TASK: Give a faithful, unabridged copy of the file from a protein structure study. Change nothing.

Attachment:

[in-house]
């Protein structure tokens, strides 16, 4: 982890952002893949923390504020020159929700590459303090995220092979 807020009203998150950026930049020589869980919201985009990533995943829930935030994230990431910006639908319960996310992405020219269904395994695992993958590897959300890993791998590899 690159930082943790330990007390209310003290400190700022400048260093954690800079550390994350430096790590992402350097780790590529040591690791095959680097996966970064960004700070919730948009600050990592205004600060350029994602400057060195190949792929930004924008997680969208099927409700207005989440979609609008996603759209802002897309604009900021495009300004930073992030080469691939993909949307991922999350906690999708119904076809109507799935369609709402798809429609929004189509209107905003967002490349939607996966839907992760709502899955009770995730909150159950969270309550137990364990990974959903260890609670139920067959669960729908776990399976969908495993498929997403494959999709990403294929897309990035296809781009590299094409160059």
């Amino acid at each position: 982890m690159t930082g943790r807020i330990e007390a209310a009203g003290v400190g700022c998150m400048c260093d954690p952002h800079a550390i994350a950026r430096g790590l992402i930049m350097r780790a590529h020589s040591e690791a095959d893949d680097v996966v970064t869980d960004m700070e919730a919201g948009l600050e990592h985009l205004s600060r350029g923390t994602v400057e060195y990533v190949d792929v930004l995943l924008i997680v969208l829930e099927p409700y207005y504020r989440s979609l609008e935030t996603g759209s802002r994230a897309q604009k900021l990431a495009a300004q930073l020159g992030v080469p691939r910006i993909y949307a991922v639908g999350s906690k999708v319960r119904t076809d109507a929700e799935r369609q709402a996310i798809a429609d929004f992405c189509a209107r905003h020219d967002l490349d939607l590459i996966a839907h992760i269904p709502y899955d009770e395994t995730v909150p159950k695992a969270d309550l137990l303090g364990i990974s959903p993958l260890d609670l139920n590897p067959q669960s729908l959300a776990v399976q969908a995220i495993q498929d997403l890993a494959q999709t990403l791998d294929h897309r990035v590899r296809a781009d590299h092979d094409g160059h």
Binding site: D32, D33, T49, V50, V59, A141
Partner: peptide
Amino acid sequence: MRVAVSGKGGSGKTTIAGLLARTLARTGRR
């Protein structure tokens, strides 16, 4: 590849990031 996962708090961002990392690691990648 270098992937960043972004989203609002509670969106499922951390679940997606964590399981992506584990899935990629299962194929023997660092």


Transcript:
[in-house]
């Protein structure tokens, strides 16, 4: 982890952002893949923390504020020159929700590459303090995220092979 807020009203998150950026930049020589869980919201985009990533995943829930935030994230990431910006639908319960996310992405020219269904395994695992993958590897959300890993791998590899 690159930082943790330990007390209310003290400190700022400048260093954690800079550390994350430096790590992402350097780790590529040591690791095959680097996966970064960004700070919730948009600050990592205004600060350029994602400057060195190949792929930004924008997680969208099927409700207005989440979609609008996603759209802002897309604009900021495009300004930073992030080469691939993909949307991922999350906690999708119904076809109507799935369609709402798809429609929004189509209107905003967002490349939607996966839907992760709502899955009770995730909150159950969270309550137990364990990974959903260890609670139920067959669960729908776990399976969908495993498929997403494959999709990403294929897309990035296809781009590299094409160059």
């Amino acid at each position: 982890m690159t930082g943790r807020i330990e007390a209310a009203g003290v400190g700022c998150m400048c260093d954690p952002h800079a550390i994350a950026r430096g790590l992402i930049m350097r780790a590529h020589s040591e690791a095959d893949d680097v996966v970064t869980d960004m700070e919730a919201g948009l600050e990592h985009l205004s600060r350029g923390t994602v400057e060195y990533v190949d792929v930004l995943l924008i997680v969208l829930e099927p409700y207005y504020r989440s979609l609008e935030t996603g759209s802002r994230a897309q604009k900021l990431a495009a300004q930073l020159g992030v080469p691939r910006i993909y949307a991922v639908g999350s906690k999708v319960r119904t076809d109507a929700e799935r369609q709402a996310i798809a429609d929004f992405c189509a209107r905003h020219d967002l490349d939607l590459i996966a839907h992760i269904p709502y899955d009770e395994t995730v909150p159950k695992a969270d309550l137990l303090g364990i990974s959903p993958l260890d609670l139920n590897p067959q669960s729908l959300a776990v399976q969908a995220i495993q498929d997403l890993a494959q999709t990403l791998d294929h897309r990035v590899r296809a781009d590299h092979d094409g160059h």
Binding site: D32, D33, T49, V50, V59, A141
Partner: peptide
Amino acid sequence: MRVAVSGKGGSGKTTIAGLLARTLARTGRR
């Protein structure tokens, strides 16, 4: 590849990031 996962708090961002990392690691990648 270098992937960043972004989203609002509670969106499922951390679940997606964590399981992506584990899935990629299962194929023997660092």